bob mcnair-texans-nfl protests HOUSTON, TX – JANUARY 03: Houston Texans owner Bob McNair introduces Bill O’Brien as the new head coach of the Houston Texans at a press conference at Reliant Stadium on January 3, 2014 in Houston, Texas. (Photo by Scott Halleran/Getty Images)

If you want a glimpse into why NFL owners have not embraced their players’ rights to protest during the national anthem (or, frankly, at any time), this quote from Texans owner Bob McNair, reportedly delivered at a meeting of owners earlier this month, says it all.


As Jones spoke, Snyder mumbled out loud, “See, Jones gets it — 96 percent of Americans are for guys standing,” a claim some dismissed as a grand overstatement. McNair, a multimillion-dollar Trump campaign contributor, spoke next, echoing many of the same business concerns. “We can’t have the inmates running the prison,” McNair said.

That statement stunned some in the room. Then Kraft, who is close friends with Trump, politely rebuked the hardliners, saying that he supported the league’s marketing proposal and predicted the issue would work itself out over time. This argument seemed to find a receptive audience in the room. 

NFL players’ protests, as most people hopefully understand by now, are about racism in the criminal justice system, from police brutalities to disparities in arrests, bail and sentencing. In essence, players are accusing America of viewing people who look like them as criminals. For McNair to then compare them to inmates in a prison, even as a rhetorical device, is wildly inappropriate and revealing. Given that frame of reference, his indifference to racial injustice is no surprise. McNair, like many white people who have benefited all their life from black labor, views his disproportionately black employees as an underclass.

The worst of professional sports owners (remember Donald Sterling?) view the players they employ as if they’re trophies, status symbols, racehorses, empty-headed mannequins who provide entertainment and prestige. The faster they run and harder they hit on a field far below, the more these billionaire owners get to feel special around their billionaire friends. When players open their mouths, it ruins the illusion and reminds owners that the men who hit each other for their profit are actually human beings, with life experiences, trauma and opinions. It shatters owners’ view of the players as a servile working class. Rarely has this dynamic been more clear than in McNair’s characterization of players as inmates.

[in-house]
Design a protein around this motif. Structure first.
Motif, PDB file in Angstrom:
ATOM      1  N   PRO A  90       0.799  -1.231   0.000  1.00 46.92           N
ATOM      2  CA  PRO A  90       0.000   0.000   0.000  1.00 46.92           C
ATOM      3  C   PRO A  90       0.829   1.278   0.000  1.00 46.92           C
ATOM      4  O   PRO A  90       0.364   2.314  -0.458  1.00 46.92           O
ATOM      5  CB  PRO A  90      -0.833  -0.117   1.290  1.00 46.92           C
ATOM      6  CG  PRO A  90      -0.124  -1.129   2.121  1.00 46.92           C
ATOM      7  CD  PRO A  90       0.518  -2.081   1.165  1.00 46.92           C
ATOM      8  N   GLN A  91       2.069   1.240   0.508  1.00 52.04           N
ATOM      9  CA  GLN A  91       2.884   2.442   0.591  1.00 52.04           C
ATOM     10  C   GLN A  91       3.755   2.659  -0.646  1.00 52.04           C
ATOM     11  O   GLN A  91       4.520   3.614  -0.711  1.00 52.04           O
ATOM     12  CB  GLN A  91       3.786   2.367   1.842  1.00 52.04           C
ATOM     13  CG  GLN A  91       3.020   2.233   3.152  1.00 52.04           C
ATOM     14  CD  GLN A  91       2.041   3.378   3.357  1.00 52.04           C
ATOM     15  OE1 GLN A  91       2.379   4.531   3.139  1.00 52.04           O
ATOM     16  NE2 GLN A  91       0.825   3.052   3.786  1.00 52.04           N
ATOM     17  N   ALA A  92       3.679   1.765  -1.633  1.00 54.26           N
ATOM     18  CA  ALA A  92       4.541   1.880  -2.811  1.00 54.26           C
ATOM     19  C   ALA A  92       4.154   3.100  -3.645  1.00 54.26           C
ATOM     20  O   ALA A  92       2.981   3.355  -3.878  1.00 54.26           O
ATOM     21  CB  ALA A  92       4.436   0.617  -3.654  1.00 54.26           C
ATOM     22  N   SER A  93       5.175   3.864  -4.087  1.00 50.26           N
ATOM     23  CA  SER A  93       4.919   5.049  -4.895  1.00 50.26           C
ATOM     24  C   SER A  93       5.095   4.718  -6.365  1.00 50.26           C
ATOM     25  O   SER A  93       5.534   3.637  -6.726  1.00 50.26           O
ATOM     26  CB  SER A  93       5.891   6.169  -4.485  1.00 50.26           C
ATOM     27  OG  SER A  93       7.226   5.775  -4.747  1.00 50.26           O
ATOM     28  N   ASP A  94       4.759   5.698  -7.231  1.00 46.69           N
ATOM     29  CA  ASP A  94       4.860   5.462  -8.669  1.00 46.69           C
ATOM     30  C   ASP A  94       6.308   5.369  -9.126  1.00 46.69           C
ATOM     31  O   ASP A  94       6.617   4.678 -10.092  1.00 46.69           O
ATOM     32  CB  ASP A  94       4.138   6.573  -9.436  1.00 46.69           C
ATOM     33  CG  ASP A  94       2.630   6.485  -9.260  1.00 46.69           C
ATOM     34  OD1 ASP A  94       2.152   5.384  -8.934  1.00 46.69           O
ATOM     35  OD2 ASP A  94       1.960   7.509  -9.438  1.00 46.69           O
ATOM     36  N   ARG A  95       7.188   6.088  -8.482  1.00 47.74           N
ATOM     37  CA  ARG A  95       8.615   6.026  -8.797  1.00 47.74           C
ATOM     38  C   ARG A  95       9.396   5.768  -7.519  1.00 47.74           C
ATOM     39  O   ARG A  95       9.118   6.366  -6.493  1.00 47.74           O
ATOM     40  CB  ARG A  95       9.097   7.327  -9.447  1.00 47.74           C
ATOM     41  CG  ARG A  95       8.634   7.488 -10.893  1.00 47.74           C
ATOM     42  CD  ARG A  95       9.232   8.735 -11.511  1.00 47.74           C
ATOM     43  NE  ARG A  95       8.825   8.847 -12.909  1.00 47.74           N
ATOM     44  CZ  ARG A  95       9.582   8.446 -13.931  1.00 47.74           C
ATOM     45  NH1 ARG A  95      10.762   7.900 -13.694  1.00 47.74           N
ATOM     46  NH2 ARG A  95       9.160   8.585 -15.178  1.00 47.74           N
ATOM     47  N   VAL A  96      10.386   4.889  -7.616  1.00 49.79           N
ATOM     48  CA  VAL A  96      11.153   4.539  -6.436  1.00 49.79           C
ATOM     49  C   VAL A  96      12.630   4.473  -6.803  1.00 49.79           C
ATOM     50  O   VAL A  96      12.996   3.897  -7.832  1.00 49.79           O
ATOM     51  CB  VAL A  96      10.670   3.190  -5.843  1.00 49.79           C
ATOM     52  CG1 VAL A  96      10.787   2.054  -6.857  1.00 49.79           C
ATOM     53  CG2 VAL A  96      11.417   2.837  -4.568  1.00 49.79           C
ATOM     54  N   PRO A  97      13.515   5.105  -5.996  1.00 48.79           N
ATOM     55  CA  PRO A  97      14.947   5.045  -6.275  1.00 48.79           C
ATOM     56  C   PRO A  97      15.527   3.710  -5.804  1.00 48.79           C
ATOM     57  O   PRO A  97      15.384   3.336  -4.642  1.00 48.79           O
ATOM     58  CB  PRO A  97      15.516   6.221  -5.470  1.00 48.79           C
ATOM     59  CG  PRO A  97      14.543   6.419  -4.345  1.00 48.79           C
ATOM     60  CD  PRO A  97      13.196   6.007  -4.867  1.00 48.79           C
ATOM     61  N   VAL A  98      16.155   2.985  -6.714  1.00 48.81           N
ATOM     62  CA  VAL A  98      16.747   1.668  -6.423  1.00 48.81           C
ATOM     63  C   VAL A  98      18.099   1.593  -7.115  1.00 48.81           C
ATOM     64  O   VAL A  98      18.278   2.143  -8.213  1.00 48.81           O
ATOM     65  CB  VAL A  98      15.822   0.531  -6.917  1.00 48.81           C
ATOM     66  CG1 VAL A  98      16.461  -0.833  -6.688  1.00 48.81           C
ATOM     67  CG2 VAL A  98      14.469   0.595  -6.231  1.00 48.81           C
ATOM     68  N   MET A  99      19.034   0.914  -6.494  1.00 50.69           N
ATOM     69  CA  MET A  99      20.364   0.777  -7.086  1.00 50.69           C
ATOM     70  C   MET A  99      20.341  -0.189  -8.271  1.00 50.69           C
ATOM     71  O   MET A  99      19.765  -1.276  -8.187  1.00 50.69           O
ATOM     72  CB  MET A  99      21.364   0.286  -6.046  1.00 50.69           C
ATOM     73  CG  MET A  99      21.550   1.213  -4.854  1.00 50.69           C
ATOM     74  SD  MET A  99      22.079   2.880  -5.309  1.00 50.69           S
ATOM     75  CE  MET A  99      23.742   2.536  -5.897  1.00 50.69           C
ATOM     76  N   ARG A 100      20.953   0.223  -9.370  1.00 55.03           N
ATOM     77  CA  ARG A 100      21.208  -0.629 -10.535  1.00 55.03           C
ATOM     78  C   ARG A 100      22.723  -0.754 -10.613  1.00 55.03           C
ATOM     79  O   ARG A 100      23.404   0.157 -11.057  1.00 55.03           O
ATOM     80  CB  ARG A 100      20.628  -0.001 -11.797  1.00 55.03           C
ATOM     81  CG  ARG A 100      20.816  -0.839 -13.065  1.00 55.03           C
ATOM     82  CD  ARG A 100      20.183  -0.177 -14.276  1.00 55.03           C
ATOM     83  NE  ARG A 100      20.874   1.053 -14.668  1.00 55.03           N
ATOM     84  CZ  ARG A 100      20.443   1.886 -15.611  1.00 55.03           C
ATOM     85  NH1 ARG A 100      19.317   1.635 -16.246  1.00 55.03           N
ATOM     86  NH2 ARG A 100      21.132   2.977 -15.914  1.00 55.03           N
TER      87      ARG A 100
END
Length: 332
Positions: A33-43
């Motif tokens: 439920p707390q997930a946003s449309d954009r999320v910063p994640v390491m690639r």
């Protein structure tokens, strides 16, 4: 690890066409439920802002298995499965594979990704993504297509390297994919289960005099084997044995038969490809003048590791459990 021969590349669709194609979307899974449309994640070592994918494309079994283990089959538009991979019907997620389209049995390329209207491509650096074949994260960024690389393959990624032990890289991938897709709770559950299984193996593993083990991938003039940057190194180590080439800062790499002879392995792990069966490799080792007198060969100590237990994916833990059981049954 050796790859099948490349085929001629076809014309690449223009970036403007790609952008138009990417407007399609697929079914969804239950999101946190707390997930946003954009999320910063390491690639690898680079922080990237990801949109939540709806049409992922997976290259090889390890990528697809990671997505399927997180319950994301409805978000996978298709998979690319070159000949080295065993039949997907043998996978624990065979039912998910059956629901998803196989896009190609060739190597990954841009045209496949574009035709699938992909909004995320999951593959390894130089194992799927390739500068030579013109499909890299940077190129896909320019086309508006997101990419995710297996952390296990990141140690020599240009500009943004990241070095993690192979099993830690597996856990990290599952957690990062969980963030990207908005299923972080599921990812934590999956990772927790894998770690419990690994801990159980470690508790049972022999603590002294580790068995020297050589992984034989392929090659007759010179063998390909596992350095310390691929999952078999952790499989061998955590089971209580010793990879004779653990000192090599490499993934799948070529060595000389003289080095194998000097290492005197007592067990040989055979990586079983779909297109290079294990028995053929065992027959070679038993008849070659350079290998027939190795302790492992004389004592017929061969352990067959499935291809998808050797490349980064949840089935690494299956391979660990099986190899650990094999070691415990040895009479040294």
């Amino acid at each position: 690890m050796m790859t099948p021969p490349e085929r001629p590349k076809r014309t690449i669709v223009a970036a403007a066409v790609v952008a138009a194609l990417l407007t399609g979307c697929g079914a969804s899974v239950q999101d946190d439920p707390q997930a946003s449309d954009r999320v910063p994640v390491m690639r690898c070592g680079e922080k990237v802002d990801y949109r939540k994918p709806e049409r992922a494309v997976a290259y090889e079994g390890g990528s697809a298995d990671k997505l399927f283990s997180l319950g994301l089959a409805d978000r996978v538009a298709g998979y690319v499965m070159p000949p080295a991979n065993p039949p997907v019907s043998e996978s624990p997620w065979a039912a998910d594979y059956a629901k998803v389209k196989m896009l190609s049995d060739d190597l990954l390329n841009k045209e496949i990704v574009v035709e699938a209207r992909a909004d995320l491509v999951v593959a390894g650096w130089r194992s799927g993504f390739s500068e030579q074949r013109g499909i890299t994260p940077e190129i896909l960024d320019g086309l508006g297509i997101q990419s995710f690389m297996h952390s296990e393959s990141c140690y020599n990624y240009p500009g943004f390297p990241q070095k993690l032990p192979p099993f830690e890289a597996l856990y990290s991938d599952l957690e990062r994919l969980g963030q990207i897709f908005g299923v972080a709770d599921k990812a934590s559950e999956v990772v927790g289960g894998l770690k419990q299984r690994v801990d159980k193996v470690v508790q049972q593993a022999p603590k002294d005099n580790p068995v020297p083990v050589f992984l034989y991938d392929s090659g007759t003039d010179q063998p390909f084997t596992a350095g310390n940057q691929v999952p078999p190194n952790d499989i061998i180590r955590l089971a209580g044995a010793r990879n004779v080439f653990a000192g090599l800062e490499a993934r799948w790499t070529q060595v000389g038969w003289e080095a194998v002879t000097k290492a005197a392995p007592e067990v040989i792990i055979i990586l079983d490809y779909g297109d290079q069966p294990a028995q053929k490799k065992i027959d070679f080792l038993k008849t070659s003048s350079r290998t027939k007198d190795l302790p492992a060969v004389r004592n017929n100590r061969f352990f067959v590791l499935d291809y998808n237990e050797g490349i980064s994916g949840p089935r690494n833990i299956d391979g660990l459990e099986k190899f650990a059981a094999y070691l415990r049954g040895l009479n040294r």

The ESPN piece on the owners’ response to player protests describe two sides among the ownership camp: a sympathetic group led by Patriots honcho Robert Kraft and a hardline contingent that included Cowboys boss Jerry Jones and McNair, who donated millions of dollars to Donald Trump’s presidential campaign. If the hardliners hoped tot paint their opposition to the players as anything more than a refusal to see that discrimination as real and worth combatting, McNair’s quote gave them away. His message was clear: Why should I care that players worry about being unjustly harassed, killed or locked up, when I think of them like inmates anyway?

UPDATE: McNair has publicly apologized for his phrasing, apparently oblivious to the fact that his sentiment was far more damaging than his specific words.


About Alex Putterman

Alex is a writer and editor for The Comeback and Awful Announcing. He has written for The Atlantic, VICE Sports,, and more. He is a proud alum of Northwestern University and The Daily Northwestern. You can find him on Twitter @AlexPutterman.

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